Behold the Elusive Feegee Mermaid. “The Very Perfection of Art, Imitating Nature.”

by Carolyn Sotka

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Throughout the mid to late 1800’s, P.T. Barnum’s traveling sideshows grew notorious through the showcase of ‘freaks’ of nature, curiosities and other oddities. Some of the human ‘live’ exhibits like Siamese twins, Tom Thumb, the bearded lady and the human skeleton were indeed caused by real mutations and deformities. Most though, were completely fabricated, constructed in imagination and held together by glue, smoke and mirrors.

One exhibit that drew thousands to the sideshow was the Feegee Mermaid, a grotesque mummified skeleton of a supposed half mammal and half fish version of a mermaid. Nothing like beautiful sirens in typically portrayed in ocean folklore, this thing looked like a mini monster that would happily eat your face.

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P.T. Barnum’s feegee mermaid from 1842. Originally published in: The New York Herald

The Feegee mermaid is thought to have begun as an art form, sometimes intended for religious purposes, created by Japanese and East Indies fishermen. Presumably the mermaid’s name Fiji, Feejee or Feegee began because of the art crafts proximity to Fiji. In 1822, an American sea captain bought one specimen from Japanese sailors for $6,000, an extraordinary amount at the time, and lent it for display at the London Museum of Natural History. At the time of his death, the now penniless captain possessed no other property other than his Feegee mermaid. His son brought the specimen to P.T. Barnum, who shortly thereafter leased it for display at Barnum’s American Museum in New York in 1842.

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Drawn from Nature by E. Purcell. Image from Sideshow World. 

 

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To draw attention to the new exhibit, Barnum, who coined the phrase “there is a sucker born every minute,” leaked a gossip campaign that his hired naturalist ‘Dr. Griffin’ had actually captured the mermaid and brought it back to the U.S. While Dr. Griffin in private doubted its authenticity, he played the part of the esteemed scientist and shared the wonders of the Feegee Mermaid with curiosity seekers.

“Huge crowds showed up for the exhibit. Dr. Griffin lectured for these crowds about his experiences as an explorer and described his theories of natural history. These theories were a bit peculiar. For instance, his main argument was that mermaids must be real since all things on land have their counterpart in the ocean — sea-horses, sea-lions, sea-dogs, etc. So therefore, we should assume there are also sea-humans!”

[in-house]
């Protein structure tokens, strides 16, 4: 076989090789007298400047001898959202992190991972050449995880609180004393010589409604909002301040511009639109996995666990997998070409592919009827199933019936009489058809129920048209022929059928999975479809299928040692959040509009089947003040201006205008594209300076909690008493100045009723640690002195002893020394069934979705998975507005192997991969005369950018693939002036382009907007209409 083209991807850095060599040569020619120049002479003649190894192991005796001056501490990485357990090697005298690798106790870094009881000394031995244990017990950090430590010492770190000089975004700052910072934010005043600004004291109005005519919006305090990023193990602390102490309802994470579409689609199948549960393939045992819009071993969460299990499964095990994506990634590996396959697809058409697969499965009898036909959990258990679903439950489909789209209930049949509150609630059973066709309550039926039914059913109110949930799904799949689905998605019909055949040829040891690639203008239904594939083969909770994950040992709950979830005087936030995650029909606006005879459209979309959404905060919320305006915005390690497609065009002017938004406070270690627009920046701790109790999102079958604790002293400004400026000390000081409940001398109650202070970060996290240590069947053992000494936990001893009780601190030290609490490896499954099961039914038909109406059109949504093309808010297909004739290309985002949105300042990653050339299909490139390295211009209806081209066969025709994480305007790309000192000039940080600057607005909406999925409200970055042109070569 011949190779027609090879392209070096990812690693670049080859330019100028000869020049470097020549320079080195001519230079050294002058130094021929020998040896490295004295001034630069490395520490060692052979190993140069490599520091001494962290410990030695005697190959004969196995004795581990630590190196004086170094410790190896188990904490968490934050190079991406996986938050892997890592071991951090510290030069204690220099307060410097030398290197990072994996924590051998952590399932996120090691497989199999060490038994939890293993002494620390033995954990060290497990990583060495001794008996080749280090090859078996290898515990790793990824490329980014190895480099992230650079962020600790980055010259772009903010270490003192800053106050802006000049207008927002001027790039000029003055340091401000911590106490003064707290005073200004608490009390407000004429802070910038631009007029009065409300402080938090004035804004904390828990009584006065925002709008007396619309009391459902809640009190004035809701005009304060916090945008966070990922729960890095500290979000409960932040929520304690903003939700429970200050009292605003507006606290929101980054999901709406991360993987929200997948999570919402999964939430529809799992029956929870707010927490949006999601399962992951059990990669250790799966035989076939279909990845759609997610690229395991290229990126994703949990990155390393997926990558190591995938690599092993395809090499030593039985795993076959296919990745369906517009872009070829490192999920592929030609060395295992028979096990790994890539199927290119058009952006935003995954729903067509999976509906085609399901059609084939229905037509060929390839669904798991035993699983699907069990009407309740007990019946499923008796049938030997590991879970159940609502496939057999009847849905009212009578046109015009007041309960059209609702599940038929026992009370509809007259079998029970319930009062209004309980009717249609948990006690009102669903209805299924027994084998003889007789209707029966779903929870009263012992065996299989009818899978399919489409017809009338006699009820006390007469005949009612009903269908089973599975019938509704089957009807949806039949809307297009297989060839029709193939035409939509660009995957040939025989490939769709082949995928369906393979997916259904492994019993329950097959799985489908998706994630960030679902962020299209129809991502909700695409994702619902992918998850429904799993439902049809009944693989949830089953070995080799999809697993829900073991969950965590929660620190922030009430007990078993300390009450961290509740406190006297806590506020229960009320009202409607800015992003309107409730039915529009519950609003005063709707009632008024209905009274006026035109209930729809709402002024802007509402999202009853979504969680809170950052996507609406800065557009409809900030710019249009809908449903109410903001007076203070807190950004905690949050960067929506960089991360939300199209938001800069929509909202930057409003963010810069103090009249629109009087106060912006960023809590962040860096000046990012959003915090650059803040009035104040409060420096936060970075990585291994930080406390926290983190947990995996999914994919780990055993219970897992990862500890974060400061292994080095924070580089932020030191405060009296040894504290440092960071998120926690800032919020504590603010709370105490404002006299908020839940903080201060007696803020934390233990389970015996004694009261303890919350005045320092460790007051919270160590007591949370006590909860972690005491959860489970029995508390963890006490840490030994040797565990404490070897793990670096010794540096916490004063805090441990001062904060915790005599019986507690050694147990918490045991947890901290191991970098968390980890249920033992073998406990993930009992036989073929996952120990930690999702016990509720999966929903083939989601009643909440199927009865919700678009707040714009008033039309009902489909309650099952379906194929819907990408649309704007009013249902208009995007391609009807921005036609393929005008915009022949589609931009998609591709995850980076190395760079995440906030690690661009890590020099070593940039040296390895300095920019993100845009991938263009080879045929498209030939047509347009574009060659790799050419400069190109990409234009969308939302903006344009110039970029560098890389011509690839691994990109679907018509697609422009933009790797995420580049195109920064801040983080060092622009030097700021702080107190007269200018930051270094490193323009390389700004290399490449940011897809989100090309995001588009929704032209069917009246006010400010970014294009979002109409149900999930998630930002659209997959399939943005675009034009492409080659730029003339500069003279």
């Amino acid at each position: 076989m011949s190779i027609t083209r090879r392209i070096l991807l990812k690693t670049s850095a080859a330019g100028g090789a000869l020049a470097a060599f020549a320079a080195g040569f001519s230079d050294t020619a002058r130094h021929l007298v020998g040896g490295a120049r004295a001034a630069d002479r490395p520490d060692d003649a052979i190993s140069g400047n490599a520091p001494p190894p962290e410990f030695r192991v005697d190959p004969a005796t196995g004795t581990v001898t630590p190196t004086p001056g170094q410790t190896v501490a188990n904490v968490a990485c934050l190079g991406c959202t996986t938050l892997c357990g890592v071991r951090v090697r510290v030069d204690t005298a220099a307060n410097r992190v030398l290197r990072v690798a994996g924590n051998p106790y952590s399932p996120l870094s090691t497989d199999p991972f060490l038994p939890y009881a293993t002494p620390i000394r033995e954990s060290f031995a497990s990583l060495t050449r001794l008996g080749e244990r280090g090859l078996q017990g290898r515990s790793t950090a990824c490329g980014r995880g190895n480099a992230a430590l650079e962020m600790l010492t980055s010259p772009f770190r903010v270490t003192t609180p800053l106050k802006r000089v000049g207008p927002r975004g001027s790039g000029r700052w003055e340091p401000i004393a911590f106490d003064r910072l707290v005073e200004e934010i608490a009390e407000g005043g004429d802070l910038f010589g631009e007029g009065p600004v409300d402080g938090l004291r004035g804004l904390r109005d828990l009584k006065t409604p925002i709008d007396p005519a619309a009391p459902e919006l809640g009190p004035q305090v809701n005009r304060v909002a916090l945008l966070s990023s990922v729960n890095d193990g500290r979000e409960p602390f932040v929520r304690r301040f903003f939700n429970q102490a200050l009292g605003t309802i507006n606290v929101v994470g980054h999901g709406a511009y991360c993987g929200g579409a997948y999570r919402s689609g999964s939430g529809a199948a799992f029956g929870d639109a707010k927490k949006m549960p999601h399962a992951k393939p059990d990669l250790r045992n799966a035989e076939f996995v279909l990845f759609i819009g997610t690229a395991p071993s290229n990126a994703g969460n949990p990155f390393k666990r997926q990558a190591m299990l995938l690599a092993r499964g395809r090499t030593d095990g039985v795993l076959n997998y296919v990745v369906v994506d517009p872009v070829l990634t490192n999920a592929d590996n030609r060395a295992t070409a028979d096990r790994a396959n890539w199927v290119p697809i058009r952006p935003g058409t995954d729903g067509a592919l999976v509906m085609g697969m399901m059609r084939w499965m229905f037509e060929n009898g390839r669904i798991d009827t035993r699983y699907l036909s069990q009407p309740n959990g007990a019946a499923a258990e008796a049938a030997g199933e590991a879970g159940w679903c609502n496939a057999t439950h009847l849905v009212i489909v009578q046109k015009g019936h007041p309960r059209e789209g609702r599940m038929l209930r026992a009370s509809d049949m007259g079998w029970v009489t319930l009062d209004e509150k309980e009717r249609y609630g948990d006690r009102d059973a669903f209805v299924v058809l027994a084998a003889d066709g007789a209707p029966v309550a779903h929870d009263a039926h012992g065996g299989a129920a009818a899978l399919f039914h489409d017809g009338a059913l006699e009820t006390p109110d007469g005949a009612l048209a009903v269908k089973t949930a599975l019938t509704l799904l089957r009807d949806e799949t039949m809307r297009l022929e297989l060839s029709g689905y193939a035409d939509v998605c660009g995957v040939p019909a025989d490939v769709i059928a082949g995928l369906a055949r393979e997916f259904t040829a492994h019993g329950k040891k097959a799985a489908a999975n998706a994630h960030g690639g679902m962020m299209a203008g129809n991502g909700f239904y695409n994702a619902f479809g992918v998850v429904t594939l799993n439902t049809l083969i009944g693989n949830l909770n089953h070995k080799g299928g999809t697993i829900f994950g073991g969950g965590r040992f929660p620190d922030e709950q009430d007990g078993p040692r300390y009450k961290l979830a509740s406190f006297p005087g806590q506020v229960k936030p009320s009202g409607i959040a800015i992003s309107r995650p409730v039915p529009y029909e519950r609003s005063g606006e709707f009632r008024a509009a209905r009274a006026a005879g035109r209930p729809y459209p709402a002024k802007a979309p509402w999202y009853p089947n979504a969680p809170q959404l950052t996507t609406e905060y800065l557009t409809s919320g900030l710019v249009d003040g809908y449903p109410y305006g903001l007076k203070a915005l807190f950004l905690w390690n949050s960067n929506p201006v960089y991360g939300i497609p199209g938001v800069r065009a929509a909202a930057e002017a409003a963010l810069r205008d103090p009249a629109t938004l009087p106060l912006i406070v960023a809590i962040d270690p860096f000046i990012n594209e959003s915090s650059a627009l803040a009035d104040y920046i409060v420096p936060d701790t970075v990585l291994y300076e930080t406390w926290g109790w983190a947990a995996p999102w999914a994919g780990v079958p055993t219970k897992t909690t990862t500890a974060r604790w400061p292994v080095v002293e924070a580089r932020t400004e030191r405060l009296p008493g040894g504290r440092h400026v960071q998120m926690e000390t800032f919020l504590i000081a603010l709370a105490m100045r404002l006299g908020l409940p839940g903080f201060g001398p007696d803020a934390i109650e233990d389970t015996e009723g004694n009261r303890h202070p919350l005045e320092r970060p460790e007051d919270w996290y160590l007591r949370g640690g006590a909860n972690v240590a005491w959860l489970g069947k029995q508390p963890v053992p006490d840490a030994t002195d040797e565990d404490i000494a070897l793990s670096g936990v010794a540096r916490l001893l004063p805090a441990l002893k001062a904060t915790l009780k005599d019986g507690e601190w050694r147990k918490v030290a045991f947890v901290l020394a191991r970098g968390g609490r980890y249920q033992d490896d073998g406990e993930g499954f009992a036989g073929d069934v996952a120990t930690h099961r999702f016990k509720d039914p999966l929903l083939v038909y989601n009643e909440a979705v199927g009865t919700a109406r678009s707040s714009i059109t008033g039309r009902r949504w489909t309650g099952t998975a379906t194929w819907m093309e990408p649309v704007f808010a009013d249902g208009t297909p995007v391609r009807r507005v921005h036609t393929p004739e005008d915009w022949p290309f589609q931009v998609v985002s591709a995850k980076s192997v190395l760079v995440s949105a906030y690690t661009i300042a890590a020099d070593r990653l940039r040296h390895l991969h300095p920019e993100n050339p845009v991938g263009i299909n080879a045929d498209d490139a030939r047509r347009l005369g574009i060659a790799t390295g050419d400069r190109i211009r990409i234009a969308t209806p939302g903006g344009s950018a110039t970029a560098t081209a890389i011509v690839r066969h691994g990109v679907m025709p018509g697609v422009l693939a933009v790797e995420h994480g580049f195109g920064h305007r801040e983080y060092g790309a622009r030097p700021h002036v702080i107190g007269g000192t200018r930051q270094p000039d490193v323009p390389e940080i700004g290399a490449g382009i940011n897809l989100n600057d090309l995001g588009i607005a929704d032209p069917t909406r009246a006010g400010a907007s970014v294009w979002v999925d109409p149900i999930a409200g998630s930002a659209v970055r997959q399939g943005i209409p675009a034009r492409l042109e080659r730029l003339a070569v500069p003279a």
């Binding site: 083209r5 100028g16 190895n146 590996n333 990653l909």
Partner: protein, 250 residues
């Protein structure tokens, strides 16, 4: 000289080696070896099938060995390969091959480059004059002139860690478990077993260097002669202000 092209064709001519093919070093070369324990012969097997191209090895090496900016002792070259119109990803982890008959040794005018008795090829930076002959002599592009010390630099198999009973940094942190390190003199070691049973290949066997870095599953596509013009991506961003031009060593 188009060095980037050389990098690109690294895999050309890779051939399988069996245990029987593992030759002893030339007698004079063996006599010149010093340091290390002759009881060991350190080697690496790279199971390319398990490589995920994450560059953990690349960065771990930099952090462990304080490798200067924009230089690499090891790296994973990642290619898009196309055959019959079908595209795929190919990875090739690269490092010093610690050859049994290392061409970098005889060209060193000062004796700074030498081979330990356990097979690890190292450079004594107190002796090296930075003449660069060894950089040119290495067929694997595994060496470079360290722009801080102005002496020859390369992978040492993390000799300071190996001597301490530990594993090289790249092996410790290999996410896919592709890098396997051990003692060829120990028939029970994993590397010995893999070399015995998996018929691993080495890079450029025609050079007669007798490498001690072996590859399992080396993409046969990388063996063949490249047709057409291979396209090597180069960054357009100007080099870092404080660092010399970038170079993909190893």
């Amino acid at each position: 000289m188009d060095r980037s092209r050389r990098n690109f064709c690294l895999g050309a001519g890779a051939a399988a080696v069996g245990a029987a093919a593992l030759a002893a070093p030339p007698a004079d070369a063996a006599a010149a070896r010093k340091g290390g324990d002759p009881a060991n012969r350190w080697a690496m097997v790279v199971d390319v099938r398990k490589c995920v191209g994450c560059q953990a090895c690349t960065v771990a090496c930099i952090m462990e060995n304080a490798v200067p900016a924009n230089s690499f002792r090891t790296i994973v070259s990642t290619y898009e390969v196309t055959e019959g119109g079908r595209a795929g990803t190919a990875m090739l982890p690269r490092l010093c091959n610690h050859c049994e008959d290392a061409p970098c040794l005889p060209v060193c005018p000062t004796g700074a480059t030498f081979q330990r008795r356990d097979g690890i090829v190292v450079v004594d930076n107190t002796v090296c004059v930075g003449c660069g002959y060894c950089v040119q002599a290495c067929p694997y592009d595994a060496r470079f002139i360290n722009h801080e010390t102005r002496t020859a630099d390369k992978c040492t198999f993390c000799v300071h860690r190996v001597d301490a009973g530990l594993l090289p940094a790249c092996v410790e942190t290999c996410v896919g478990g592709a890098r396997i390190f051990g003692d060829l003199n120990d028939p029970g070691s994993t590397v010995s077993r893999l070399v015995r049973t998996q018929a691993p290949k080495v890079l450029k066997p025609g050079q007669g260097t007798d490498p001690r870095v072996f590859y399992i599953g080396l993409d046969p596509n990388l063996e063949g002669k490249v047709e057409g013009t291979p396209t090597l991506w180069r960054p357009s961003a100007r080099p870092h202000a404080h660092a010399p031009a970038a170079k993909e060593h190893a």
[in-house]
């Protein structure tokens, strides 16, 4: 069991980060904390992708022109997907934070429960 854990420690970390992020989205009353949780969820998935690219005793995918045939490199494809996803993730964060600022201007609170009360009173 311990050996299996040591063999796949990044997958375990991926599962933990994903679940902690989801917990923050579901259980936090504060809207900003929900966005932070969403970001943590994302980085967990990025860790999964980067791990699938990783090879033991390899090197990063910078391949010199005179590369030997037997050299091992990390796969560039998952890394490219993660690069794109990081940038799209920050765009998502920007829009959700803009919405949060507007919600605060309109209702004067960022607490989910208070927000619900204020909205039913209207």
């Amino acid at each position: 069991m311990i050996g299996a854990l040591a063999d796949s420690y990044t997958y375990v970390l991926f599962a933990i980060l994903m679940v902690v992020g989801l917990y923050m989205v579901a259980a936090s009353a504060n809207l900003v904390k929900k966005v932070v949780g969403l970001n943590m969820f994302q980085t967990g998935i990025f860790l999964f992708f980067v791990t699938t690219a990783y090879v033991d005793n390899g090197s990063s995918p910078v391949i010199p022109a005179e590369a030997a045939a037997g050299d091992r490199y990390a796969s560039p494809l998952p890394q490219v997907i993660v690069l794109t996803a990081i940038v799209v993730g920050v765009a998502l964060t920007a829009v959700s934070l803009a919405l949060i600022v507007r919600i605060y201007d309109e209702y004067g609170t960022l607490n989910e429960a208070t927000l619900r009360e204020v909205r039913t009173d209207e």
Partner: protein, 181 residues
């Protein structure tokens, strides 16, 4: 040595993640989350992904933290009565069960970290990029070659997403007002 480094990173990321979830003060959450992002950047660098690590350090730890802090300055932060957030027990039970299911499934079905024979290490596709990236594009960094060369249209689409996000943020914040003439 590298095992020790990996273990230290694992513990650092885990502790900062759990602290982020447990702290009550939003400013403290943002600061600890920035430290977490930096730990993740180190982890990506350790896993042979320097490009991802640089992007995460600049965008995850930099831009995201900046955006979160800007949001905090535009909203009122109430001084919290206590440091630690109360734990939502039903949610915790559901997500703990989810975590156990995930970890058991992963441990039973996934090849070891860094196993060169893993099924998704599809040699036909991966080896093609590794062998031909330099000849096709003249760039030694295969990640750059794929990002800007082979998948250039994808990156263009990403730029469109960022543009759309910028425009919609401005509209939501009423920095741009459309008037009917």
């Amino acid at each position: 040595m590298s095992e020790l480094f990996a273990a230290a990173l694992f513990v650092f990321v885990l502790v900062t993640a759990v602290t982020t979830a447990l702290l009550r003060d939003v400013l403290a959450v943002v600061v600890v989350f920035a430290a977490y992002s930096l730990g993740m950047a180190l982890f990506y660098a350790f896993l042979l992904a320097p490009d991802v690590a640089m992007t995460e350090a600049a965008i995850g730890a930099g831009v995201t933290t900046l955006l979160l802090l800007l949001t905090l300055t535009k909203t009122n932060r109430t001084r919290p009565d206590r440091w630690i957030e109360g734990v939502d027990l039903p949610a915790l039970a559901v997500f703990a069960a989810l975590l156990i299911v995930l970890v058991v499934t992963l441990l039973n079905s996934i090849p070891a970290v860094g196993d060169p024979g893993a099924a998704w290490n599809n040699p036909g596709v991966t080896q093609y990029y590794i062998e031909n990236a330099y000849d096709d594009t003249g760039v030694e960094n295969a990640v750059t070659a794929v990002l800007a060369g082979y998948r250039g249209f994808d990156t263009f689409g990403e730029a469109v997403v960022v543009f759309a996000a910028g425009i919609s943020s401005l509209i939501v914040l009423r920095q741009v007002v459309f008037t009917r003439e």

To continue the publicity stunt, Barnum sent several letters to newspapers in New York, Alabama, Washington D.C. and South Carolina, where he casually mentioned the find, and within weeks over 10,000 pamphlets had been printed to advertise the ‘discovery.’  In 1843, the Feegee Mermaid was brought to Charleston and displayed at the Masonic Hall.

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Advertisement for the Feejee Mermaid from the Charleston Courier shows an artist rendering of a typical mermaid, because the exhibit was so hyped up yet no one from South Carolina had actually seen the ‘real’ thing until it came to Charleston. January 1843.

Here is the excerpt from the Charleston News and Courier ….

“Entering the room, were soon in full sympathy of wonder and enjoyment with adults and children at the …Fejee Mermaid and its associate curiosities. The superintendent of the varied show, hearing that a representative of the press was in the room, sent for us, and, voluntarily removing the glass case from the Fejee beauty, placed her in our hands, and invited us and two other gentlemen present to give here the closest scrutiny; and after the best examination that the eye and the touch enabled us to give the curious object, we all agreed, whatever may have been our varying degrees of faith or skepticism, that if there was deception, it passed the ken of our senses… The appearance is in every respect that of a natural and not an artificial object—it is certainly no compound or combination, as has been supposed, of ape and fish—but is either altogether nature’s handiwork, or altogether the production of art—and “if it be indeed artificial, it is the very perfection of art, imitating nature in the closest similitude”….

We are rather inclined to have faith on the occasion, for the connexion which this curious object establishes “between fish and woman, is only in analogy with that which everybody knows to exist between monkey and man”; and indeed as there are links which connect the animal and vegetable kingdoms, land animals with marine animals, and man with the brute creation…

There is no reason to doubt the existence of this animal; and from analogy there is the strongest reason to believe in its existence. The objection that an animal so constituted could not swim in water or breathe under water is only a weak effort to set bounds to the creative and wise and exhaustless economy of Omnipotence.